Spices and the spice trade have been an enormous influence in global political, social, and economic developments for over 1000 years.
They were considered by those without as rare and valuable, prized for their preservative, medicinal and aromatic qualities. The East India Company realized the opportunity, but arrived late to the game.
The Arabs in the Near-East dominated the early spice trade and then it was the Portuguese trading in India, the Far-East and the Spice Islands - the modern-day Moluccas of Indonesia.
Of course, not all spices came from the Far-East - the Portuguese had brought chilli peppers from South America to their Indian colonies in the 16th century, which became a part of Indian cuisine and their richly spiced food culture.
Captured Portuguese ships full of spice from the Spice Islands whet the appetite of the British, but it was the Dutch that made the first move, sending well-funded fleets to the Spice Islands in the 1590s, using navigational maps stolen from the Portuguese. By quickly establishing trade and being well organised and armed, the Dutch cut off the English (in the form of The East India Company) to the spice trade, who were forced to trade in the surrounding islands.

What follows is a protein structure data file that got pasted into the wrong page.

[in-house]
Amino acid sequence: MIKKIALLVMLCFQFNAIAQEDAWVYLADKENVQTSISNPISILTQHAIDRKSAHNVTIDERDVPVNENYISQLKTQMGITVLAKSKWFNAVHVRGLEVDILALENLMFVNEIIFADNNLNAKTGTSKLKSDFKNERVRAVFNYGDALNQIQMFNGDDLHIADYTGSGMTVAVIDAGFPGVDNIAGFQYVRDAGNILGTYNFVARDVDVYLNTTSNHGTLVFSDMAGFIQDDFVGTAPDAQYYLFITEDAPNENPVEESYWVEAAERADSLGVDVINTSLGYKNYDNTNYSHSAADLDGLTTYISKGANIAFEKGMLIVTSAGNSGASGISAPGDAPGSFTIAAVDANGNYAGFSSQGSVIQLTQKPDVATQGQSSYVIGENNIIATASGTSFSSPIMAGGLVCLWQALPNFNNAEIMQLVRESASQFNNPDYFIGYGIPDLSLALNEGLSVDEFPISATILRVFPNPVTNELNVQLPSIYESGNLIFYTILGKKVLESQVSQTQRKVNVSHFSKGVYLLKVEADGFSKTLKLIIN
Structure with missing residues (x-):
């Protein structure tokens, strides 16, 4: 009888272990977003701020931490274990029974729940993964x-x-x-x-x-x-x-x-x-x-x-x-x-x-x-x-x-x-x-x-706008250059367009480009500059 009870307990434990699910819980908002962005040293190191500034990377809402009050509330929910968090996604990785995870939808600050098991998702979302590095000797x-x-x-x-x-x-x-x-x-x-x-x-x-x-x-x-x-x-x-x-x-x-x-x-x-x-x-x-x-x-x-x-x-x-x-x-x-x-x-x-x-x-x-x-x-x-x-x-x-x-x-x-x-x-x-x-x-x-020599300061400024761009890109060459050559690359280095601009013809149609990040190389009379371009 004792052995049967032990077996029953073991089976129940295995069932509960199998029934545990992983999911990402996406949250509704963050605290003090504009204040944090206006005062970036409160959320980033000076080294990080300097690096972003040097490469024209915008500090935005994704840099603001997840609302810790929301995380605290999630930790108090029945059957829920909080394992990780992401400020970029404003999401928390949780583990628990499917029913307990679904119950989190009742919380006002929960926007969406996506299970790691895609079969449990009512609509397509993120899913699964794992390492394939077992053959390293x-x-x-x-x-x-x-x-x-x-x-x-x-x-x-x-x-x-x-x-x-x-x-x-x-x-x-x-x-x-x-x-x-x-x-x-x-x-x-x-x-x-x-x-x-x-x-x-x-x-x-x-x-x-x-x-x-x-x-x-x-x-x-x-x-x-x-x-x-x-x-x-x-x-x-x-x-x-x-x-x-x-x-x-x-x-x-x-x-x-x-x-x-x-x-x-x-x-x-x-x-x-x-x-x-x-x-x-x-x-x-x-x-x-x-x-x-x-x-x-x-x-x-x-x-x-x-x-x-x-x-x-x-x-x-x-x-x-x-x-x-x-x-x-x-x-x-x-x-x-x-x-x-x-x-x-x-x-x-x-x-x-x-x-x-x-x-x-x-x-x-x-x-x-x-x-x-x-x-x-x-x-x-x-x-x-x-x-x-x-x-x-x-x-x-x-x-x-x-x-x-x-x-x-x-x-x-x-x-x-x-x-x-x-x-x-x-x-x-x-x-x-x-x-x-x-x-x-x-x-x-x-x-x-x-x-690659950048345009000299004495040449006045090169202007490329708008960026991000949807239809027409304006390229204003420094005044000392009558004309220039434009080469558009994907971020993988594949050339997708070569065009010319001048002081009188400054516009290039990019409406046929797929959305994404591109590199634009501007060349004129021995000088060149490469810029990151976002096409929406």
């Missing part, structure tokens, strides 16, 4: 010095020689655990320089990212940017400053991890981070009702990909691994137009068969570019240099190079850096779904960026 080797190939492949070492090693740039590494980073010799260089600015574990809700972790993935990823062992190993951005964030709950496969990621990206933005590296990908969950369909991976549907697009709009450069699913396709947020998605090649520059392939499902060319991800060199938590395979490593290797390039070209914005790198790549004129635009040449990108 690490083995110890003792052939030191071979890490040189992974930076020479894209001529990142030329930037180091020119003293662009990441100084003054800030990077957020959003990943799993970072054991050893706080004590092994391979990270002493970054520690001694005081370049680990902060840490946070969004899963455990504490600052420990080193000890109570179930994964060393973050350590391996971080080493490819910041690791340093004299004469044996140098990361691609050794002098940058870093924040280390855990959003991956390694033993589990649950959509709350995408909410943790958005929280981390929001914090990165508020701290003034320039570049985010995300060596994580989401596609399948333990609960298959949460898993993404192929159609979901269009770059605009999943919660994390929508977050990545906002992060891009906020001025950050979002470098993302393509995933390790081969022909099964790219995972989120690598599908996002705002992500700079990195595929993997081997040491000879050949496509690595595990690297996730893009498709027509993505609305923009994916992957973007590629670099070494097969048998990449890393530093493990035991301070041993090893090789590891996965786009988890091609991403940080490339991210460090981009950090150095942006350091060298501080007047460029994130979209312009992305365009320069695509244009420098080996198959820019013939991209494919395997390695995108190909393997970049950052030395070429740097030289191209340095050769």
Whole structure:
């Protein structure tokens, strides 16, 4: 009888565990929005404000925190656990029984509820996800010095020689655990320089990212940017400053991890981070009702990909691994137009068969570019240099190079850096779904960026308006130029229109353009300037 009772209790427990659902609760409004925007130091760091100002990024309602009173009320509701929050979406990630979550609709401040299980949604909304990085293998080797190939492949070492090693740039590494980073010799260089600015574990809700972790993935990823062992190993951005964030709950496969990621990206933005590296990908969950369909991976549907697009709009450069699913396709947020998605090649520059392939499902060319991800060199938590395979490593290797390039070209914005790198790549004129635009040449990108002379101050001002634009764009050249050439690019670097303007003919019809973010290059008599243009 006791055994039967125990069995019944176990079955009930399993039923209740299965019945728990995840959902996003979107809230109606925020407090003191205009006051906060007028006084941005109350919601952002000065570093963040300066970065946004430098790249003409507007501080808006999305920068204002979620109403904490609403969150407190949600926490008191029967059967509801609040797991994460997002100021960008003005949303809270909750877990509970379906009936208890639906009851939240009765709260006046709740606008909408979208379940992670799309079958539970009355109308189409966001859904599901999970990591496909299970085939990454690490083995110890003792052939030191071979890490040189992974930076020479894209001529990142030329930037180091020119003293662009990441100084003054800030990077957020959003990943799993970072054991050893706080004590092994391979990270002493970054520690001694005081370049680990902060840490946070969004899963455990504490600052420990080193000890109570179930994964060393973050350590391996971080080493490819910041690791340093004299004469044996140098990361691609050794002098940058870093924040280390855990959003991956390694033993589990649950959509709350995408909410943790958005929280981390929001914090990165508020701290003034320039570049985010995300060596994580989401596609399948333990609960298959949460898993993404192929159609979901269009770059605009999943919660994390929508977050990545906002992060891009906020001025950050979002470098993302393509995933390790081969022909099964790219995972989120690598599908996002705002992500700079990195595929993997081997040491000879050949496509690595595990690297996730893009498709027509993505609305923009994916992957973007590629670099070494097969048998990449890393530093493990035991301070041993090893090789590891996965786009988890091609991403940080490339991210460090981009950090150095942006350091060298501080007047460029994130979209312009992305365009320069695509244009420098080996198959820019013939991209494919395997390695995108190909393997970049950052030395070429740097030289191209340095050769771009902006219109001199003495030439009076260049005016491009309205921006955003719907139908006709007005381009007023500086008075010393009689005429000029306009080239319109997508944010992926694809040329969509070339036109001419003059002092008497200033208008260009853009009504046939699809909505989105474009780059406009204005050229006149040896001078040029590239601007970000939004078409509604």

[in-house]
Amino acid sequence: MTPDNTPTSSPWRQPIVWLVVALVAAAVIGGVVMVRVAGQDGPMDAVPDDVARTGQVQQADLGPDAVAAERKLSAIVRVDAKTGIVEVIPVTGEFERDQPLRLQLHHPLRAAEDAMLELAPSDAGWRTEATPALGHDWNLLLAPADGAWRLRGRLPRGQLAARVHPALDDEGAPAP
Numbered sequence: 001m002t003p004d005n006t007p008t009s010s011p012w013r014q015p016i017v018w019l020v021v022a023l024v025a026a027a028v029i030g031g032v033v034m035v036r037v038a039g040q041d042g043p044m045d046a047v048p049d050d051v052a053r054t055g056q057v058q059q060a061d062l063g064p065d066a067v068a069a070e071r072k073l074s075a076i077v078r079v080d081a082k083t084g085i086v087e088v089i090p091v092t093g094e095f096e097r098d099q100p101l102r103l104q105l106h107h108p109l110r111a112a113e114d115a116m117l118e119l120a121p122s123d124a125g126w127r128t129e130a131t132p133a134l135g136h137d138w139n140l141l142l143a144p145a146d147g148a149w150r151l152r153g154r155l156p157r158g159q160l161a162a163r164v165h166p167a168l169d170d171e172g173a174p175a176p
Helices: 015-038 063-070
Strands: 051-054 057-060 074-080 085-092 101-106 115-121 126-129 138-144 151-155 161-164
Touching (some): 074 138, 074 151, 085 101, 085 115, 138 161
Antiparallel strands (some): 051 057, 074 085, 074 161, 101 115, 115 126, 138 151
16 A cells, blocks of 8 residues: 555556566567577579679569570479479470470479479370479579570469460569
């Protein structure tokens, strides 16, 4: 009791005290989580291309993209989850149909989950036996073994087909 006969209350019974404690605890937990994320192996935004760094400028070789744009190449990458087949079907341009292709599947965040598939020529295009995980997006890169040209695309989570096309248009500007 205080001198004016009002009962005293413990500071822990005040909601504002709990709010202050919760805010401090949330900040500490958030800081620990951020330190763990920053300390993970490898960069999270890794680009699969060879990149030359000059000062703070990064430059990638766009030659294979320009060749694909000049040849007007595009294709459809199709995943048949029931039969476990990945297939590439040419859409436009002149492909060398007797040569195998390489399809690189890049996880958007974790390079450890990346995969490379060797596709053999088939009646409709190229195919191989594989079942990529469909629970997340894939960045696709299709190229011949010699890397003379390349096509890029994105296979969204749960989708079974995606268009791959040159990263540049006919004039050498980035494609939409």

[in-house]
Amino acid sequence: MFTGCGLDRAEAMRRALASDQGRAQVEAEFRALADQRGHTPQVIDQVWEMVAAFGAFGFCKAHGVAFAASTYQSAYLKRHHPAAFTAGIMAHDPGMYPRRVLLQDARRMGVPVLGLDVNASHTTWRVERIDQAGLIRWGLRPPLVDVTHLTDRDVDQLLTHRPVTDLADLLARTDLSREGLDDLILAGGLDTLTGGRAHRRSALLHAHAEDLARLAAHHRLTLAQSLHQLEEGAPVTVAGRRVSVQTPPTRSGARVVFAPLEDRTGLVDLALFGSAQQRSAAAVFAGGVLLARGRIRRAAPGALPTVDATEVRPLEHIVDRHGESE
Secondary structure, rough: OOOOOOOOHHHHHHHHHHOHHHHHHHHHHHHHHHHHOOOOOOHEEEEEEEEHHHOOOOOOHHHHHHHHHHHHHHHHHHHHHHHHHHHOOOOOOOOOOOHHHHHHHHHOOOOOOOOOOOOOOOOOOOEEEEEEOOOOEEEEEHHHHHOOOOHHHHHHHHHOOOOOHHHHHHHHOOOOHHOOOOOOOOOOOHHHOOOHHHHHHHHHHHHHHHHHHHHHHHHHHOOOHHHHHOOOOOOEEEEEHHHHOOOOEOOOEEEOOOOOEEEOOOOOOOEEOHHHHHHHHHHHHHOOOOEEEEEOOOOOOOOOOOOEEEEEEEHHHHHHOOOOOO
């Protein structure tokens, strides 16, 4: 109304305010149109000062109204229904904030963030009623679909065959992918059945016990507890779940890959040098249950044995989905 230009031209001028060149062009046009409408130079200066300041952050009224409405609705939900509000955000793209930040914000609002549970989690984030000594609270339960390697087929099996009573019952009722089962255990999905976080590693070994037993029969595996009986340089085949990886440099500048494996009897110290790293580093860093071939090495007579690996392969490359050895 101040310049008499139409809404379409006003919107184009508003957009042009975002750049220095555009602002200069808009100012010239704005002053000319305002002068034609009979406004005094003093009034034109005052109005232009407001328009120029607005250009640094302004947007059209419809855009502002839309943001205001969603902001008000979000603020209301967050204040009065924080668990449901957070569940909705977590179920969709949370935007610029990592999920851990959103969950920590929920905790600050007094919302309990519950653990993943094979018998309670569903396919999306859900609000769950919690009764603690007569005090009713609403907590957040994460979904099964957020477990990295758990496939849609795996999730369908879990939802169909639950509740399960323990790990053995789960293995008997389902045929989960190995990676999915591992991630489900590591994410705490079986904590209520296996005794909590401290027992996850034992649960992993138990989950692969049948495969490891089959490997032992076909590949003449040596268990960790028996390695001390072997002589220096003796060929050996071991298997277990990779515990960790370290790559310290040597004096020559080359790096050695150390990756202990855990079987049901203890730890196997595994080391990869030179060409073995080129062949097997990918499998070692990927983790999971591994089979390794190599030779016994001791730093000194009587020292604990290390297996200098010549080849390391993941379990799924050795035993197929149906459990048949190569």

There was one small 'nutmeg' of consolation for the British. Polo Run, which was the only nutmeg-producing portion of the Spice Islands, fell into The Company’s hands from the Dutch in 1616.
The British stumbled upon the opportunity to trade in pepper in Bantam [Java], setting up a ‘factory’ [a fortified warehouse], and there was enough for all to avoid fisticuffs. The East India Company would continue to trade in pepper up until the 19th century.
When the Company arrived in India and started trading, its botanists were exposed to other spices, such as cinnamon from the cassia tree. It then benefitted from a network of Botanical Gardens to propagate seeds and it planted these in new countries within its trading routes. This is why pepper, cloves, nutmeg, and cinnamon can be found in the West Indies today, now part of the distinctive Cajun cuisine. An enabler to this new trade were spice-grinding operations set up in the docks of London, as it was realised that ground spices were cheaper and easier to ship around the world.